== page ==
When hunting mule deer, every little edge can help. Setting up a silhouette decoy is one good way to improve your chances of success. One can be made inexpensively with readily available tools and materials. Even though it will take a little more elbow grease, you should consider doubling your efforts. Two silhouettes are far better than one from a deer's point of view.
Draw the Silhouette
Using the pencil and yardstick, draw two lines bisecting the plywood from top to bottom and from left to right. When finished, you'll see the plywood has four equal quadrants.
Draw two lines bisecting your mule deer image from top to bottom and left to right. When finished, you'll see the image has been divided into four equal quadrants. These quadrants will help to guide you as you draw a silhouette of the image on your plywood.
Place your image of the mule deer within easy view. Using the quadrant lines as guides, draw the lines of your silhouette on the plywood. Keep the pencil sharp. Light, quick strokes work best. Use the eraser to correct mistakes.
Cut the Silhouette and Braces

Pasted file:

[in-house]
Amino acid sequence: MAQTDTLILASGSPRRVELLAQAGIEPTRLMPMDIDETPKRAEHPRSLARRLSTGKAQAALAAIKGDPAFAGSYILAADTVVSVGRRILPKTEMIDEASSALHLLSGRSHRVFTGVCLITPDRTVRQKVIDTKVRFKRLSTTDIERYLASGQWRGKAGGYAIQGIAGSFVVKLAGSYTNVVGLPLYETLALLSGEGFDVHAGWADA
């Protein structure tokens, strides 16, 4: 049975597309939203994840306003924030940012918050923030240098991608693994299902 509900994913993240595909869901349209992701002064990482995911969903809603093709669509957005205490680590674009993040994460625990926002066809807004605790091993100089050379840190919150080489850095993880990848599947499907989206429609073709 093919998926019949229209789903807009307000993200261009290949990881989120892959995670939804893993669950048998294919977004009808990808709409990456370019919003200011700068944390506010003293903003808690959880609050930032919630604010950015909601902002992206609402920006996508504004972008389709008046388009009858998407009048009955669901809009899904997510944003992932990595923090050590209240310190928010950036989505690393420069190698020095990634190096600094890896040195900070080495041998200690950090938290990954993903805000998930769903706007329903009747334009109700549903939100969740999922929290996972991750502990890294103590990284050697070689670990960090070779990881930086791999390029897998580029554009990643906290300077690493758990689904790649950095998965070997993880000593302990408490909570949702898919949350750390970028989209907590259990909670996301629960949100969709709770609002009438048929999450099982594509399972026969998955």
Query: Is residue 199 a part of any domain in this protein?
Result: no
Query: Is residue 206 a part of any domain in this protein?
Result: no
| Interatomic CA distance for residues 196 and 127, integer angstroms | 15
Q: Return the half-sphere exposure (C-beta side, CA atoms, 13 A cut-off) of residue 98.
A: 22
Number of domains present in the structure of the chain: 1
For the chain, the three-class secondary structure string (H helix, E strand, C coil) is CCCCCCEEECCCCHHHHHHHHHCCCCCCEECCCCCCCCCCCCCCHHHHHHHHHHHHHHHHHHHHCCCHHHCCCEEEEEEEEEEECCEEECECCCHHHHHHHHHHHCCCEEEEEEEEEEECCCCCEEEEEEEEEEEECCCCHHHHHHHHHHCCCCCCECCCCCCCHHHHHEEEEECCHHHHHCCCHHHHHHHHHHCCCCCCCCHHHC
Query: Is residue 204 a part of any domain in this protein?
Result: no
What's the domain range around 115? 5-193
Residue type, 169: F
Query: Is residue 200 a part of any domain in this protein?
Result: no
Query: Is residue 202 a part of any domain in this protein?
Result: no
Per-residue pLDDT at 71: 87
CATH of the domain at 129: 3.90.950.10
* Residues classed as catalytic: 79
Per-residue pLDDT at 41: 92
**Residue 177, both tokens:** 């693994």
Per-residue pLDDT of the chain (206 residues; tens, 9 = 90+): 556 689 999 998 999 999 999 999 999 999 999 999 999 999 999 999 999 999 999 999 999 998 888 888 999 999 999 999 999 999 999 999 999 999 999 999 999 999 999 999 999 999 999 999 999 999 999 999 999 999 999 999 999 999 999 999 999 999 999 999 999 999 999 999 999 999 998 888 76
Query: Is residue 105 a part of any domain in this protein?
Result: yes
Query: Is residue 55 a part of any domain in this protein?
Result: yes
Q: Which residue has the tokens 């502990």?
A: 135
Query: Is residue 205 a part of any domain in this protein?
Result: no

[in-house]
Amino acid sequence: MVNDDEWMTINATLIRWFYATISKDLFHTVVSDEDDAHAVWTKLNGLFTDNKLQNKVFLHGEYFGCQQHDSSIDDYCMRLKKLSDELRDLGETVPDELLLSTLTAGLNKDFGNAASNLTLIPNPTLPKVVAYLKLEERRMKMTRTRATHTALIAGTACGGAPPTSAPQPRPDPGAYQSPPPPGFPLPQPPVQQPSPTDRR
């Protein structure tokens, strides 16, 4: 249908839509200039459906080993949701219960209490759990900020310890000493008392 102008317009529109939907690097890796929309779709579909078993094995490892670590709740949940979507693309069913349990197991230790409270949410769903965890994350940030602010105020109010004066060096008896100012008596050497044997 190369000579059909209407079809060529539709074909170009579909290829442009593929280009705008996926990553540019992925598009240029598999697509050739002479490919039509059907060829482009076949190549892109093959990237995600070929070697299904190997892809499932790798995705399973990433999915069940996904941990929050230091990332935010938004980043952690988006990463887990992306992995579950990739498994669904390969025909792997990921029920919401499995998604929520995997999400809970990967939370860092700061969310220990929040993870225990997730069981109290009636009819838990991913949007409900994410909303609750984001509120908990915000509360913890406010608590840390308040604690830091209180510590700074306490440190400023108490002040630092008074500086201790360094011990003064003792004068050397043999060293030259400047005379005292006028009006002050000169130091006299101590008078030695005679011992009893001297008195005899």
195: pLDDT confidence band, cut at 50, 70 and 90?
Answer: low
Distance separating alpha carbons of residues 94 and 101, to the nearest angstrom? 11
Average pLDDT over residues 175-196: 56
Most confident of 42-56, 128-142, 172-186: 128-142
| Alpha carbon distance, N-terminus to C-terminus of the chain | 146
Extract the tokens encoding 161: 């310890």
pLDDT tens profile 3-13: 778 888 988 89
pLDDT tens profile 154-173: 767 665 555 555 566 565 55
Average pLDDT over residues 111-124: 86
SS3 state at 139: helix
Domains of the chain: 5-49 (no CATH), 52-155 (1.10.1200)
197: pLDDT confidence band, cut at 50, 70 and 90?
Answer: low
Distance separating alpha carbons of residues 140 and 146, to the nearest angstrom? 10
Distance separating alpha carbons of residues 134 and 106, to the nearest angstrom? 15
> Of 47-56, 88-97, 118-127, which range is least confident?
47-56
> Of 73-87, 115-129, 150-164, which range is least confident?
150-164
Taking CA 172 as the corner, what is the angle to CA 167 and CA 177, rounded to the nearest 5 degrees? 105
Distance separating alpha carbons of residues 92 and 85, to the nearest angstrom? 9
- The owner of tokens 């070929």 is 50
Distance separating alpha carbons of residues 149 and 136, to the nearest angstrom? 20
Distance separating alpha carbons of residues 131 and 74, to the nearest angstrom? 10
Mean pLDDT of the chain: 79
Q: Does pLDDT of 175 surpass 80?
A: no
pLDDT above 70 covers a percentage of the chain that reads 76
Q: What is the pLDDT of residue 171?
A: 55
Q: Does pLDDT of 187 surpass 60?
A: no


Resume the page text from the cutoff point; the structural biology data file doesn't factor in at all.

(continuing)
Place your plywood on a firm, steady cutting support. Two sawhorses work well. Put on your woodworking safety goggles. Using a jigsaw equipped with a wood-cutting blade of at least six teeth per inch and cut out the silhouette.
On the back of the silhouette, about 8 inches from the top of the deer's back, use wood glue to attach two 3-inch strips of plywood horizontally about 10 inches apart. These strips function as finger grips for carrying the silhouette into the woods. They also function as brace-anchors.
Use your protractor and pencil to measure and draw a 45-degree line along the 4-inch side of the 2-inch by 4-inch piece of wood. Begin the line in a corner and extend it to the opposite edge. Using your handsaw, cut the wood along the line you've drawn. In the field, the freshly cut surface will fit against the back of the silhouette under one of the brace-anchors. Repeat for the other 2-inch by 4-inch piece of wood.
About this Author
David Wimberley is a content creator, teacher, copywriter, and publisher of the website TeacherMadeVideos.com. He's been writing for print and web outlets since 1991. Wimberley holds a Bachelor of Arts in English and a Master of Education from Auburn University.